Last week, The Seattle Times ran an article headlined, ‘Study questions ‘best use’ of golf courses Seattle operates’. The article stems from a report that the City commissioned in 2017. The report was apparently due a year ago, but was only recently released, as reported by Erica C. Barnett at the C is for Crank.

A number of candidates immediately jumped into the fray, including former councilmember Heidi Wills on her campaign facebook page. “The City is wasting time and money studying the best use of our city’s golf courses. These green jewels are our inheritance,” she opined.
 
Merely studying what the best use of rarely used 528 acres (11%) of Seattle’s city-owned open space — amidst an open space shortage, a housing crisis, and rapidly devolving climate situation— is a waste of time and money, Wills alleges. The city’s report is mostly full of fluff, seemingly tilted to elevate the importance and forthcoming increased usage of municipal golf into the future, in order to justify the large expenditures it will require in coming years. Unsurprisingly, the data indicates the opposite.

Total rounds are in freefall. (Credit: City of Seattle Golf Study)

Golf’s Severe Lack of Diversity

The data shows a disturbing lack of diversity, heavily tilted toward men being the dominant user — no municipal course in 2016 saw more than 17% of users were female, and half saw as little as 10%. This isn’t really surprising, golf has long had a diversity problem, as well as a troubled history of misogyny. Also worth noting, according to the report, nearly 70% of players stated they don’t actually play most of their golf in Seattle. The report doesn’t have any data on racial diversity of users, but notes that until the 1960s, minority golfers faced significant discrimination.

Yikes. (Credit: City of Seattle Golf Study)

According to United States Golf Association, “From 1934 to 1961, the Caucasian-only clause was a part of The PGA of America’s by-laws that prevented non-whites from membership, and from competing on the PGA Tour.” In 1999, the Newstateman, in an article titled ‘No Jews on their golf courses’, wrote, “For miles along the Florida coastline, from Miami to Palm Beach, there are tangible signs of Jewish philanthropy tucked alongside clubs that still have partial or complete bans on Jewish members.” Oddly, while there is a section on history, virtually none of this is mentioned.

The youth have other interests. (Credit: City of Seattle Golf Study)

Despite claims that high school golf teams are a top user, in 2017, only 1.3% of rounds by high school golfers were logged: 2,703 out of 206,010 rounds. In 2016, rounds played by those 18-25 years old, were less than 3% of total rounds.

Seattle’s Golf Courses are Bleeding Money and Customers

Green fees? Freefallin’. (Credit: City of Seattle Golf Study)

All of the golf programs are bleeding money. Green fees are falling like a rock (16% in just two years). Operational costs are increasing. And there is a long laundry list of outstanding maintenance and facility upgrades that will push the golf programs millions of dollars into the red in coming years.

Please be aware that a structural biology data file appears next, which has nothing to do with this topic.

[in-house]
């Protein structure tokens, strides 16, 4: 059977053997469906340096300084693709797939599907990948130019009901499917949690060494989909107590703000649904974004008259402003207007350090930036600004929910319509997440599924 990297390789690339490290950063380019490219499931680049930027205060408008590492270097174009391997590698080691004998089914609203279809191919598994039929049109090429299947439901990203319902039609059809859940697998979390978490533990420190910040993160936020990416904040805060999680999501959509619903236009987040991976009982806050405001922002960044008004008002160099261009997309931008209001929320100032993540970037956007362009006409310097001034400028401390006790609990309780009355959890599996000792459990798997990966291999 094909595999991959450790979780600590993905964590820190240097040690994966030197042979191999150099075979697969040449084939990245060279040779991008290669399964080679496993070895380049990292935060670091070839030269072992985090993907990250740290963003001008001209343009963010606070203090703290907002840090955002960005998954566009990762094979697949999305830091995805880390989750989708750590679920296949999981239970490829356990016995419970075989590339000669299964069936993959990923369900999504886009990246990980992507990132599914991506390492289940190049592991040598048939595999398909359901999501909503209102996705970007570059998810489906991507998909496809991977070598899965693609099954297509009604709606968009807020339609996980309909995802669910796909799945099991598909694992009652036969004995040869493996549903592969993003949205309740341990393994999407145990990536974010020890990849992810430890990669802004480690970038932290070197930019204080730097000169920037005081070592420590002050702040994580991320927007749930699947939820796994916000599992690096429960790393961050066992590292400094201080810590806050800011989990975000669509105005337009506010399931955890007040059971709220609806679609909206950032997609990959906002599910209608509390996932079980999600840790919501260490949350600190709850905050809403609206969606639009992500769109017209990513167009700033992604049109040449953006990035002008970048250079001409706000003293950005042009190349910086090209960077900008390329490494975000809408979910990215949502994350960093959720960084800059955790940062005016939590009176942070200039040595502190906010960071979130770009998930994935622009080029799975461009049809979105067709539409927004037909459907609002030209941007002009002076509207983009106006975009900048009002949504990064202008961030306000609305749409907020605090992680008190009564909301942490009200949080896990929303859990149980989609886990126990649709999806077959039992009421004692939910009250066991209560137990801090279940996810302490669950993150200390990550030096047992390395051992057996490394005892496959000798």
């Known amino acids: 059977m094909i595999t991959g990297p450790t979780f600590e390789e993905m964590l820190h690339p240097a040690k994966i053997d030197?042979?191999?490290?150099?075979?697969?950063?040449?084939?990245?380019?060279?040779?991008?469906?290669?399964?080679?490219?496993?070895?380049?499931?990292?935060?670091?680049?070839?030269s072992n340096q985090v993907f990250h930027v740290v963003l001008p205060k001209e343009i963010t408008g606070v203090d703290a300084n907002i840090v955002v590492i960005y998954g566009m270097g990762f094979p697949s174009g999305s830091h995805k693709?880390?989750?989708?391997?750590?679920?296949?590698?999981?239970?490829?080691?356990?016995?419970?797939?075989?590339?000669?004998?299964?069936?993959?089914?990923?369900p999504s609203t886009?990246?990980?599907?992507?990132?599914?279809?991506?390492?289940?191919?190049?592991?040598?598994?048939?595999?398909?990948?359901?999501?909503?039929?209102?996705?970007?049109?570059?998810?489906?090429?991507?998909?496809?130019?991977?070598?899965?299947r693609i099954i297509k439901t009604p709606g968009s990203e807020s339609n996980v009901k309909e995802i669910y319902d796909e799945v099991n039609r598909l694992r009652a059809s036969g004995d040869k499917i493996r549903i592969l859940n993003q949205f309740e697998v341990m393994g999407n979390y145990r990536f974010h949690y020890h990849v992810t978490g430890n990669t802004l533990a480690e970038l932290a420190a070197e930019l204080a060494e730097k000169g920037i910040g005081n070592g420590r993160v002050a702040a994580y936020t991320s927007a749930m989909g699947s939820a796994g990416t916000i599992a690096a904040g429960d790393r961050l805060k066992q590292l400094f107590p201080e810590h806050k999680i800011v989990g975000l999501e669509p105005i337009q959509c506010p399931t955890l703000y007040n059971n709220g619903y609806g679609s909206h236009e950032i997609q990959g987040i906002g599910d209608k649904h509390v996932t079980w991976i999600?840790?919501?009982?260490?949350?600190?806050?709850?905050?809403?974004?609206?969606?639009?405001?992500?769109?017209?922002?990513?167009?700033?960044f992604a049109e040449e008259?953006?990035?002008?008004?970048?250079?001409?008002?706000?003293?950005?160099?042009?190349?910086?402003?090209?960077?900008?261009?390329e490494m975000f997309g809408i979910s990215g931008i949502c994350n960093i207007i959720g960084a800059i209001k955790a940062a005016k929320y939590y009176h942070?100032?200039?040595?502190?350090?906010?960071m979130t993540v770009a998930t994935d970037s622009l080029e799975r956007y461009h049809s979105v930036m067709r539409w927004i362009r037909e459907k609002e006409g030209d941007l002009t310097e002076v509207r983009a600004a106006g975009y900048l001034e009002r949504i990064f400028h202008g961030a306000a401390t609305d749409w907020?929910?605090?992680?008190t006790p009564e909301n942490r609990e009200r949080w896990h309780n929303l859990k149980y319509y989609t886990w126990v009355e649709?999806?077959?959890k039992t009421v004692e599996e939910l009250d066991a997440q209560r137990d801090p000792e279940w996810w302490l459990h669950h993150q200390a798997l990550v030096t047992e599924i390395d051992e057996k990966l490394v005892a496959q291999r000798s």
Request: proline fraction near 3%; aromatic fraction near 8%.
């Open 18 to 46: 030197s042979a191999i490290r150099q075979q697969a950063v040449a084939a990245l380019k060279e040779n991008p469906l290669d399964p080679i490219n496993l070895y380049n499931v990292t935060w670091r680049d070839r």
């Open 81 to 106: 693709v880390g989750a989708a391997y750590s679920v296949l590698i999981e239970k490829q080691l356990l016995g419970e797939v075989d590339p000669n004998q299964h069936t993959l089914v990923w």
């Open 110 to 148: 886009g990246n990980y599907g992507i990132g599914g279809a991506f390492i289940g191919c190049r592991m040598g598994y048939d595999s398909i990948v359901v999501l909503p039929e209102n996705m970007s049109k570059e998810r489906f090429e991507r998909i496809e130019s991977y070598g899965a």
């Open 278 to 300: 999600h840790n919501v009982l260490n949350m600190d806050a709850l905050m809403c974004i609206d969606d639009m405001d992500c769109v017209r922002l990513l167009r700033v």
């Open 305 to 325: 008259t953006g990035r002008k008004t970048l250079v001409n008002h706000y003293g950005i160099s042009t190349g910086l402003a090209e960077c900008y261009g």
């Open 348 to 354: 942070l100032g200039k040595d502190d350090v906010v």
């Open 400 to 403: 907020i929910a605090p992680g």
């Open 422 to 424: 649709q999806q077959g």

Colman Pool. (Credit: City of Seattle)

Utility costs will not be declining, and the report states, “SPU fees have increased an average of 6% a year since 2010.” The report doesn’t state how many CCF of potable water are used by the courses, but gives a cost of $520,000 for Interbay Golf Center. Backing out the cost from Seattle Public Utility’s rates, that looks to be about 60 million gallons of water. This is on top of the 37.5 inches of rain Seattle gets in an average year. How much water is 60 million gallons? The Colman Pool in West Seattle (pictured above) is roughly 500,000 gallons. It would be like filling it up, and emptying it out, 120 times — most of that occurring in summer and the shoulder seasons. Sixty million gallons is the United Nations-recommended amount of water for 12,500 people for an entire year. Interbay is only a nine-hole course!

Jackson Park’s massive decline. (Credit: City of Seattle Golf Study)

In 2000, Seattle had 564,109 residents, and 280,000 rounds of golf were played on municipal courses. In 2017, the number of rounds dropped to 206,010 while population skyrocketed to 725,000. The report claims that between 2015 and 2017, there was a 16% drop in rounds played — however, this doesn’t take into consideration our population boom. When adjusting for population, golf saw a 43% decline between 2000 and 2017. That is a tremendous drop in less than a generation, and it likely isn’t going to change.

Climate Change Implications

The smog of wildfire season has put a damper on recent summers in the Pacific Northwest.

Climate change is already affecting golf in Seattle. Wildfire smoke the last two years had a significant effect on the number of rounds played. That isn’t likely to change as the region gets warmer, and trees continue to die. How many rounds do you think will be played in summer when the western slopes of the Cascades start burning? It isn’t even summer yet, and wildfires have already begun to affect air quality in the region. Then there is the heat — Seattle’s heat wave last July will also not likely be an anomaly, affecting the ability of people to play golf in the summer. Changing rain patterns that see larger and more violent downpours and flooding, will also have an effect on course conditions.

Did WSDOT estimators prepare this analysis? (Credit: City of Seattle Golf Study)

Oddly, despite all of this data, the report optimistically predicts this will be the year things turn around for golf. And then a dramatic leap, followed by continued increases in usage. Literally nothing in the report points to this happening. Seattle has gotten wealthier, younger, denser — and golf is not thriving. This graph, by the way, is reminiscent of the Washington State Department of Transportation (WSDOT) traffic projections.